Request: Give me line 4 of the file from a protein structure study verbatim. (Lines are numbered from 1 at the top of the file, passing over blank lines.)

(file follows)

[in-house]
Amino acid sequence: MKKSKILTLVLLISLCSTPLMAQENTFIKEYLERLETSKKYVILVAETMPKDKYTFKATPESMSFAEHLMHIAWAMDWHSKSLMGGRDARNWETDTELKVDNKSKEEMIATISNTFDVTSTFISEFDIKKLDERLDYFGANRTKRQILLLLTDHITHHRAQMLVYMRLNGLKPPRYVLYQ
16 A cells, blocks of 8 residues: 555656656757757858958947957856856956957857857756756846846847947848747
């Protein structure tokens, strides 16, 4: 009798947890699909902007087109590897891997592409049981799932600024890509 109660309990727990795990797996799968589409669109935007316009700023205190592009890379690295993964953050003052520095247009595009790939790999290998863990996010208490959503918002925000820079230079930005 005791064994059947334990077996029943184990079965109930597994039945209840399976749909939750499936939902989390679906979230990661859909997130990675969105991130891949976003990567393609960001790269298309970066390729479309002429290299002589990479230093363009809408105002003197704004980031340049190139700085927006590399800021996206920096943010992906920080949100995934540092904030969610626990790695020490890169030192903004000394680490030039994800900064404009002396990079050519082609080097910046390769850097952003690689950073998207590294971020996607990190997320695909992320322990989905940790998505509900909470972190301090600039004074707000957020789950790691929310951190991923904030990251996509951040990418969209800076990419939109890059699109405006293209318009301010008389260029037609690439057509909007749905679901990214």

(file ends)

């Protein structure tokens, strides 16, 4: 009798947890699909902007087109590897891997592409049981799932600024890509 109660309990727990795990797996799968589409669109935007316009700023205190592009890379690295993964953050003052520095247009595009790939790999290998863990996010208490959503918002925000820079230079930005 005791064994059947334990077996029943184990079965109930597994039945209840399976749909939750499936939902989390679906979230990661859909997130990675969105991130891949976003990567393609960001790269298309970066390729479309002429290299002589990479230093363009809408105002003197704004980031340049190139700085927006590399800021996206920096943010992906920080949100995934540092904030969610626990790695020490890169030192903004000394680490030039994800900064404009002396990079050519082609080097910046390769850097952003690689950073998207590294971020996607990190997320695909992320322990989905940790998505509900909470972190301090600039004074707000957020789950790691929310951190991923904030990251996509951040990418969209800076990419939109890059699109405006293209318009301010008389260029037609690439057509909007749905679901990214």